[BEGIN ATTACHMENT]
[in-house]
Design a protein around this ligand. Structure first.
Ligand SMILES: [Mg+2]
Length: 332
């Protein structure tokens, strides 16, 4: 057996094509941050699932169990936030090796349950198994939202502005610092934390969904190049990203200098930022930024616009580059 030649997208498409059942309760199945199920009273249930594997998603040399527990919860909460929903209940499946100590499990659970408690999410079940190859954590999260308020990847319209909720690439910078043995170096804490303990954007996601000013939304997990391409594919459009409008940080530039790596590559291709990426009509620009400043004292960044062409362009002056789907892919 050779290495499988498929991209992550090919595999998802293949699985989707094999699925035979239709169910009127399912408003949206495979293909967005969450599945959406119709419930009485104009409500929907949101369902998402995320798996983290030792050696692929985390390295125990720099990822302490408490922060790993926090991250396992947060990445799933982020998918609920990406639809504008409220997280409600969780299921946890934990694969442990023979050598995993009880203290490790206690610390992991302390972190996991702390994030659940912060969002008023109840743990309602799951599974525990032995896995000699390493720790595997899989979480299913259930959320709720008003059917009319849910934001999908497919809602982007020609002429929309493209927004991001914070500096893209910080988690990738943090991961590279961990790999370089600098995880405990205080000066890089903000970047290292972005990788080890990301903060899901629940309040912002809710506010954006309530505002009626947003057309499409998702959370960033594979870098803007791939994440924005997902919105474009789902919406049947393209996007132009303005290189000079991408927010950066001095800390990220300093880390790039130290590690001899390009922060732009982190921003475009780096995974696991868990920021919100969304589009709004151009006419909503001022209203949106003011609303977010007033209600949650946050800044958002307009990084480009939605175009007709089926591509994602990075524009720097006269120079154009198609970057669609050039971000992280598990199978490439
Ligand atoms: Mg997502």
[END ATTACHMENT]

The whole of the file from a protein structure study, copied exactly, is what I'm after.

[in-house]
Design a protein around this ligand. Structure first.
Ligand SMILES: [Mg+2]
Length: 332
């Protein structure tokens, strides 16, 4: 057996094509941050699932169990936030090796349950198994939202502005610092934390969904190049990203200098930022930024616009580059 030649997208498409059942309760199945199920009273249930594997998603040399527990919860909460929903209940499946100590499990659970408690999410079940190859954590999260308020990847319209909720690439910078043995170096804490303990954007996601000013939304997990391409594919459009409008940080530039790596590559291709990426009509620009400043004292960044062409362009002056789907892919 050779290495499988498929991209992550090919595999998802293949699985989707094999699925035979239709169910009127399912408003949206495979293909967005969450599945959406119709419930009485104009409500929907949101369902998402995320798996983290030792050696692929985390390295125990720099990822302490408490922060790993926090991250396992947060990445799933982020998918609920990406639809504008409220997280409600969780299921946890934990694969442990023979050598995993009880203290490790206690610390992991302390972190996991702390994030659940912060969002008023109840743990309602799951599974525990032995896995000699390493720790595997899989979480299913259930959320709720008003059917009319849910934001999908497919809602982007020609002429929309493209927004991001914070500096893209910080988690990738943090991961590279961990790999370089600098995880405990205080000066890089903000970047290292972005990788080890990301903060899901629940309040912002809710506010954006309530505002009626947003057309499409998702959370960033594979870098803007791939994440924005997902919105474009789902919406049947393209996007132009303005290189000079991408927010950066001095800390990220300093880390790039130290590690001899390009922060732009982190921003475009780096995974696991868990920021919100969304589009709004151009006419909503001022209203949106003011609303977010007033209600949650946050800044958002307009990084480009939605175009007709089926591509994602990075524009720097006269120079154009198609970057669609050039971000992280598990199978490439
Ligand atoms: Mg997502």